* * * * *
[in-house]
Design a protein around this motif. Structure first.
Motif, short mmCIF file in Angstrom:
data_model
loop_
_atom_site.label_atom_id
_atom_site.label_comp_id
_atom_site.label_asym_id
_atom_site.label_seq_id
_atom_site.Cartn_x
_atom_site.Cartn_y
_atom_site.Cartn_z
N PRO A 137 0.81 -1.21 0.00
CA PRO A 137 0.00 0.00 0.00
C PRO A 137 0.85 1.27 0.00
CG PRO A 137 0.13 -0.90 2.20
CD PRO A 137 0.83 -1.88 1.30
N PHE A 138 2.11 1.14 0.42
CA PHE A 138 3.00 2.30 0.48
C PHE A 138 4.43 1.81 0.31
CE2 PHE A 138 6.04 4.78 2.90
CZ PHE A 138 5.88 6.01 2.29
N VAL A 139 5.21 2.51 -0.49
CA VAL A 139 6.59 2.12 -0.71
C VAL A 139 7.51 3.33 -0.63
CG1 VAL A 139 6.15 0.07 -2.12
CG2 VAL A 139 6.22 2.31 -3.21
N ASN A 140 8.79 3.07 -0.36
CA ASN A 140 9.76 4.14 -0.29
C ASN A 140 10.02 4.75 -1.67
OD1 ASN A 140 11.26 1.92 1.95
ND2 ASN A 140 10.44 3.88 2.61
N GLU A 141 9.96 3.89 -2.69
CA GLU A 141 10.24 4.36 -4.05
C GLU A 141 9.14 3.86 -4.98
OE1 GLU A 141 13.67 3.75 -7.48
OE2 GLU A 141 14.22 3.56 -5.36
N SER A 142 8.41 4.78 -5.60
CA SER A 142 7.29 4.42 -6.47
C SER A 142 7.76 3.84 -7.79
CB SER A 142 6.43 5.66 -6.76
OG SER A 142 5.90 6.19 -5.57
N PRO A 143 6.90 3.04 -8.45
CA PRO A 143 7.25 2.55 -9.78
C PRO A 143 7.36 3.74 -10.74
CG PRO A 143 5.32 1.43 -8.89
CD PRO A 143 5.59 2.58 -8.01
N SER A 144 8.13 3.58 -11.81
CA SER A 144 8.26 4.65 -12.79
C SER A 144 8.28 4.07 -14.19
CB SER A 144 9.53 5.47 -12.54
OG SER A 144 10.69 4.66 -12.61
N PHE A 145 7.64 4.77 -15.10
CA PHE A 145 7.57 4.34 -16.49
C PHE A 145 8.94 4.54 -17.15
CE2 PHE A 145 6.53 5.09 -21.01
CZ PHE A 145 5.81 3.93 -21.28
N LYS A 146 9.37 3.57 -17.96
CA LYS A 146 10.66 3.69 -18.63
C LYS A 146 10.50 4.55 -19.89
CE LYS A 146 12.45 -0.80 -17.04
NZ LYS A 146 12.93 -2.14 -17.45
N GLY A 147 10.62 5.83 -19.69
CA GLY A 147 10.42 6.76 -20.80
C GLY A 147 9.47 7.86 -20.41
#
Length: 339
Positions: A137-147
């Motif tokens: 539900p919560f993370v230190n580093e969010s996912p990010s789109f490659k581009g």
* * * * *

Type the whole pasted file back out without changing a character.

[in-house]
Design a protein around this motif. Structure first.
Motif, short mmCIF file in Angstrom:
data_model
loop_
_atom_site.label_atom_id
_atom_site.label_comp_id
_atom_site.label_asym_id
_atom_site.label_seq_id
_atom_site.Cartn_x
_atom_site.Cartn_y
_atom_site.Cartn_z
N PRO A 137 0.81 -1.21 0.00
CA PRO A 137 0.00 0.00 0.00
C PRO A 137 0.85 1.27 0.00
CG PRO A 137 0.13 -0.90 2.20
CD PRO A 137 0.83 -1.88 1.30
N PHE A 138 2.11 1.14 0.42
CA PHE A 138 3.00 2.30 0.48
C PHE A 138 4.43 1.81 0.31
CE2 PHE A 138 6.04 4.78 2.90
CZ PHE A 138 5.88 6.01 2.29
N VAL A 139 5.21 2.51 -0.49
CA VAL A 139 6.59 2.12 -0.71
C VAL A 139 7.51 3.33 -0.63
CG1 VAL A 139 6.15 0.07 -2.12
CG2 VAL A 139 6.22 2.31 -3.21
N ASN A 140 8.79 3.07 -0.36
CA ASN A 140 9.76 4.14 -0.29
C ASN A 140 10.02 4.75 -1.67
OD1 ASN A 140 11.26 1.92 1.95
ND2 ASN A 140 10.44 3.88 2.61
N GLU A 141 9.96 3.89 -2.69
CA GLU A 141 10.24 4.36 -4.05
C GLU A 141 9.14 3.86 -4.98
OE1 GLU A 141 13.67 3.75 -7.48
OE2 GLU A 141 14.22 3.56 -5.36
N SER A 142 8.41 4.78 -5.60
CA SER A 142 7.29 4.42 -6.47
C SER A 142 7.76 3.84 -7.79
CB SER A 142 6.43 5.66 -6.76
OG SER A 142 5.90 6.19 -5.57
N PRO A 143 6.90 3.04 -8.45
CA PRO A 143 7.25 2.55 -9.78
C PRO A 143 7.36 3.74 -10.74
CG PRO A 143 5.32 1.43 -8.89
CD PRO A 143 5.59 2.58 -8.01
N SER A 144 8.13 3.58 -11.81
CA SER A 144 8.26 4.65 -12.79
C SER A 144 8.28 4.07 -14.19
CB SER A 144 9.53 5.47 -12.54
OG SER A 144 10.69 4.66 -12.61
N PHE A 145 7.64 4.77 -15.10
CA PHE A 145 7.57 4.34 -16.49
C PHE A 145 8.94 4.54 -17.15
CE2 PHE A 145 6.53 5.09 -21.01
CZ PHE A 145 5.81 3.93 -21.28
N LYS A 146 9.37 3.57 -17.96
CA LYS A 146 10.66 3.69 -18.63
C LYS A 146 10.50 4.55 -19.89
CE LYS A 146 12.45 -0.80 -17.04
NZ LYS A 146 12.93 -2.14 -17.45
N GLY A 147 10.62 5.83 -19.69
CA GLY A 147 10.42 6.76 -20.80
C GLY A 147 9.47 7.86 -20.41
#
Length: 339
Positions: A137-147
């Motif tokens: 539900p919560f993370v230190n580093e969010s996912p990010s789109f490659k581009g």